• Develop MLC SSD product: "We are in the process of qualifying MLC versions of our MACH16 SATA drives. Based on our proprietary ASIC design and enhanced by our CellCare technology, these drives are ideally suited for the Enterprise-Server market and will allow us to compete in this large and growing sector with a favorable price-to-performance value proposition. We believe that our MACH16 drives will be qualified at some of our customers by the end of this year and be in production by the first quarter of 2012." Better: that's only six months away.
  • Enhanced data caching: "Our caching solution is being designed to optimise hardware utilisation by improving server I/O performance through dynamic placement of data within a system." This should improve the prospects for the PCIe product, but array manufacturers including EMC, Dell and NetApp are developing their own PCIe flash caching software: witness EMC's Project Lightning.

STEC like lumbering oil tanker

The net of this is that it could be nine to 12 months before we see evidence of significantly better revenues at STEC. Instead of acting like a nimble start-up, the company has taken on the attributes of a heavily laden oil tanker, which takes ages to change course while nimbler craft scoot off to new waters leaving it far behind.

STEC's product development efforts have lagged the field while it has milked its Zeus IOPS revenues for far too long. Management took its eye off the ball and is now having to run fast to catch up. Competitors know what they have to do and STEC is in a flash dog fight. ®

Similar topics

Broader topics

Other stories you might like

  • Robotics and 5G to spur growth of SoC industry – report
    Big OEMs hogging production and COVID causing supply issues

    The system-on-chip (SoC) side of the semiconductor industry is poised for growth between now and 2026, when it's predicted to be worth $6.85 billion, according to an analyst's report.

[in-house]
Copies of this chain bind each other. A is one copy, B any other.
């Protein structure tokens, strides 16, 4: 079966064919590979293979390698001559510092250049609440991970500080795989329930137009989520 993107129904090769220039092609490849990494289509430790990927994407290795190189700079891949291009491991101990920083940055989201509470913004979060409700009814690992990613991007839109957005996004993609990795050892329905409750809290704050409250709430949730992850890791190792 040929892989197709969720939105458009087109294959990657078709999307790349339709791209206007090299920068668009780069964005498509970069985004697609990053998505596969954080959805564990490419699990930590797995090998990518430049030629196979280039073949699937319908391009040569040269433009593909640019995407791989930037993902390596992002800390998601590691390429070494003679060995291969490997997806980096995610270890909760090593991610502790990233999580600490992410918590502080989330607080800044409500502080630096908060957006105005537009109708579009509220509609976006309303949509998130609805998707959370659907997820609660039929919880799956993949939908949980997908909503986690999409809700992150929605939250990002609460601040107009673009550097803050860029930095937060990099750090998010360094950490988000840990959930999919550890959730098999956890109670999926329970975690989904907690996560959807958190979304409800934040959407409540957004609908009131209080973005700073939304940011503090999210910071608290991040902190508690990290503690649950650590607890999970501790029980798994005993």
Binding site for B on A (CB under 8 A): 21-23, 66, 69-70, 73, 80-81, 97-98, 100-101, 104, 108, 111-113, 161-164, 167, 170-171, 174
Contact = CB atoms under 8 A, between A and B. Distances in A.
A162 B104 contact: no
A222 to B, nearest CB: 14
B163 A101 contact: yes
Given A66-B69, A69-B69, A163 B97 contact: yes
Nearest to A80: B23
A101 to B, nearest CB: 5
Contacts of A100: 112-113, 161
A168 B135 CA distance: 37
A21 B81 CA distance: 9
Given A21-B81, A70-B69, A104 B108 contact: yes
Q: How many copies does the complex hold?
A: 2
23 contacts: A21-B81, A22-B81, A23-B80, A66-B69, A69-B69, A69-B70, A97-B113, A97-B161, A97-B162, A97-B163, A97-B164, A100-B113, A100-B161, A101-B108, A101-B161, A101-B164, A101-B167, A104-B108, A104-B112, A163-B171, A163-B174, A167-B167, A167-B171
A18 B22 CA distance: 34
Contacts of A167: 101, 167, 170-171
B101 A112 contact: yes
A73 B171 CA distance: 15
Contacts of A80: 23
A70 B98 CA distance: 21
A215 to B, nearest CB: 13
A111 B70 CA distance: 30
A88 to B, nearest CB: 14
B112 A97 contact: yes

Chances are good that there's an SoC-powered device within arm's reach of you: the tiny integrated circuits contain everything needed for a basic computer, leading to their proliferation in mobile, IoT and smart devices. 

    The report predicting the growth comes from advisory biz Technavio, which looked at a long list of companies in the SoC market. Vendors it analyzed include Apple, Broadcom, Intel, Nvidia, TSMC, Toshiba, and more. The company predicts that much of the growth between now and 2026 will stem primarily from robotics and 5G. 

    Continue reading
  • Deepfake attacks can easily trick live facial recognition systems online
    Plus: Next PyTorch release will support Apple GPUs so devs can train neural networks on their own laptops

    In brief Miscreants can easily steal someone else's identity by tricking live facial recognition software using deepfakes, according to a new report.

    Sensity AI, a startup focused on tackling identity fraud, carried out a series of pretend attacks. Engineers scanned the image of someone from an ID card, and mapped their likeness onto another person's face. Sensity then tested whether they could breach live facial recognition systems by tricking them into believing the pretend attacker is a real user.

    So-called "liveness tests" try to authenticate identities in real-time, relying on images or video streams from cameras like face recognition used to unlock mobile phones, for example. Nine out of ten vendors failed Sensity's live deepfake attacks.

    Continue reading
  • Lonestar plans to put datacenters in the Moon's lava tubes
    How? Founder tells The Register 'Robots… lots of robots'

    Imagine a future where racks of computer servers hum quietly in darkness below the surface of the Moon.

    Here is where some of the most important data is stored, to be left untouched for as long as can be. The idea sounds like something from science-fiction, but one startup that recently emerged from stealth is trying to turn it into a reality. Lonestar Data Holdings has a unique mission unlike any other cloud provider: to build datacenters on the Moon backing up the world's data.

    "It's inconceivable to me that we are keeping our most precious assets, our knowledge and our data, on Earth, where we're setting off bombs and burning things," Christopher Stott, founder and CEO of Lonestar, told The Register. "We need to put our assets in place off our planet, where we can keep it safe."

    Continue reading

Biting the hand that feeds IT © 1998–2022